The Word of God gives us many examples of what we should and should not do. There are two examples of this in today’s reading.
During the Babylonian siege of Jerusalem, King Zedekiah – perhaps in the fear of God based on what Jeremiah had prophesied – did a good thing in the eyes of the Lord. Jeremiah 34:8-9 tells us:
The word that came to Jeremiah from the Lord, after King Zedekiah had made a covenant with all the people in Jerusalem to make a proclamation of liberty to them, that everyone should set free his Hebrew slaves, male and female, so that no one should enslave a Jew, his brother.
This was in accordance with the Shemitah, the law of the Sabbath, that every seven years God’s people should – among other things – set free any Jewish slaves that had come into their possession.
The following verse 10 says: And they obeyed…
However,, the slaveholders made a tragic mistake of disobedience as noted in Jeremiah 34:11:
But afterward they turned around and took back the male and female slaves they had set free, and brought them into subjection as slaves.
Their initial obedience turned into rebellion. It may be that the slaveholders had human remorse that they were losing their property, and because they didn’t have a strong relationship with Yahweh, they went back on their word and action. God was not pleased and said in Jeremiah 34:16:
… but then you turned around and profaned my name when each of you took back his male and female slaves…
The fact that they had obeyed God but turned against Him by reneging on their duty under His law, had profound negative consequences. For their failure to give liberty to the slaves, the Lord said that He was proclaiming to them liberty to the sword, to pestilence, and to famine (Jeremiah 34:17).
Presumably, because Zedekiah did not enforce the edict, he was as guilty as the rest of the officials in going back against the Word of God. For that, He would give them over to their enemies.
The other incident of note was God’s command to Jeremiah that he bring the Rechabites into the temple to offer them wine to drink. They refused to touch it as Jeremiah 35:6 shows:
But they answered, “We will drink no wine, for Jonadab the son of Rechab, our father, commanded us, ‘You shall not drink wine, neither you nor your sons forever.’”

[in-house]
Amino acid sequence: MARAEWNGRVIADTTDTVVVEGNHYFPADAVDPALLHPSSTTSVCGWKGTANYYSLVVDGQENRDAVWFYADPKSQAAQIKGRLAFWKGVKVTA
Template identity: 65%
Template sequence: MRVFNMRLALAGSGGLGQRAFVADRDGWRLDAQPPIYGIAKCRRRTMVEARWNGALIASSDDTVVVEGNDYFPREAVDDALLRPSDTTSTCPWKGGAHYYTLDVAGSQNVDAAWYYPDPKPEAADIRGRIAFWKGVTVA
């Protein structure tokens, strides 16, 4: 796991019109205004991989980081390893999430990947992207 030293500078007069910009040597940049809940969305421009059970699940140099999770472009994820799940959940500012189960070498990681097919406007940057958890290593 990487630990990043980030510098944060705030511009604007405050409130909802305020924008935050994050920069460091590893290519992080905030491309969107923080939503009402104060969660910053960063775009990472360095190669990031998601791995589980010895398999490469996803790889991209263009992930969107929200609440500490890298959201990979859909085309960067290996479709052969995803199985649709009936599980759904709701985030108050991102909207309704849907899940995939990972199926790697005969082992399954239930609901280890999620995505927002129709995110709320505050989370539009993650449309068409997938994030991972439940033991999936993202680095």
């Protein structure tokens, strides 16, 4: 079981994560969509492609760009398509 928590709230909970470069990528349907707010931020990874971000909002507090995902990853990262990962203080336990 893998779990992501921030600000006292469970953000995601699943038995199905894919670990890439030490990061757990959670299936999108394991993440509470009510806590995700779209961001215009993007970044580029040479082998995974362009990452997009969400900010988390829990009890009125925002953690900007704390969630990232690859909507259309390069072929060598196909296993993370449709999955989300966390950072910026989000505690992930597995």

They obeyed what their grandfather Rechab had ordered them, not only for abstinence from drinking wine, but in other activities in their lives. This obedience to the word of their earthly fathers pleased Yahweh. He noted the contrast with the rest of His children in Judah, declaring in Jeremiah 35:16:
The sons of Jonadab the son of Rechab have kept the command that their father gave them, but this people has not obeyed me.
Disobedience has consequences, whereas obedience has benefits. For their not obeying the Word of their Father in heaven, God declared disaster upon the inhabitants of Jerusalem (Jeremiah 35:17).
Because the Rechabites had been faithful to what Rachab had told them, the Lord saw this as faithfulness to Him. For that He blessed these men. Jeremiah 35:19 gives us His Word about this:
“… therefore thus says the Lord of hosts, the God of Israel: Jonadab the son of Rechab shall never lack a man to stand before me.”
Throughout the ages, because of the faithfulness of this tribe, God would ensure that their descendants would always be blessed with them walking in His presence.
Of course, these two incidents are related. They depict an unfaithful response to God with blatant disobedience and a faithful response with overt obedience.
Who are the disobedient among God’s people today and who are those who obey Him? I think in one respect we can see this contrast in His prophetic Word.
Jesus said He would return for those who were faithful, alert, watching, and noting the signs of the times so as to be ready. It pleases Him that some of us are doing so.
There are, however, those numbered among believers in Christ’s church who either willfully disdain the message that Jesus is returning soon or are ignorant to that fact. Far too many pastors shy away from preaching or teaching about the pre-Tribulation Rapture. In effect, they join with the secular community in looking only at the world and not to what God’s Word has plainly proclaimed. Some shepherds continue leading their flocks as though the world has not changed, and it will continue as it always has. Others seem to lead with the idea that the church is destined to endure the wrath of God in the Tribulation. They keep their gaze focused on earthly concerns with no recognition that Jesus said that He would deliver His beloved Bride from the coming wrath.
If you listen to the vast number of these pastors and/or those in their churches, they never talk about the Rapture. Their words expose that they believe the church in its present form will continue to be here in the world for years to come. In that, there may be recognition about the Tribulation, or there may not be as they speak of things 20-30 or more years into the future.
Isn’t this disobedience to what God has said? What does it take in His Word for pastors or their people to see what God intends – both for those who believe and for those who don’t? Can’t they understand there is a clear distinction shown in prophetic Scripture? Apparently not.
I have no direct insight into God’s intent for believers who manifestly disregard what He has said about these end times. I can only look at the examples of the past and see that disregard for the Lord’s Word has consequences, whereas faithful obedience to it has rewards.
I prefer to number myself among those who do what God says we must. Just as noted earlier, we are to be watching and waiting for Jesus, but of course, occupying while we’re still able in the place that God has set us.
To remain rooted in this obedience, I think a good practice is to say and do what Moses’ faithful disciple declared in Joshua 24:15:
“… as for me and my house, we will serve the Lord.”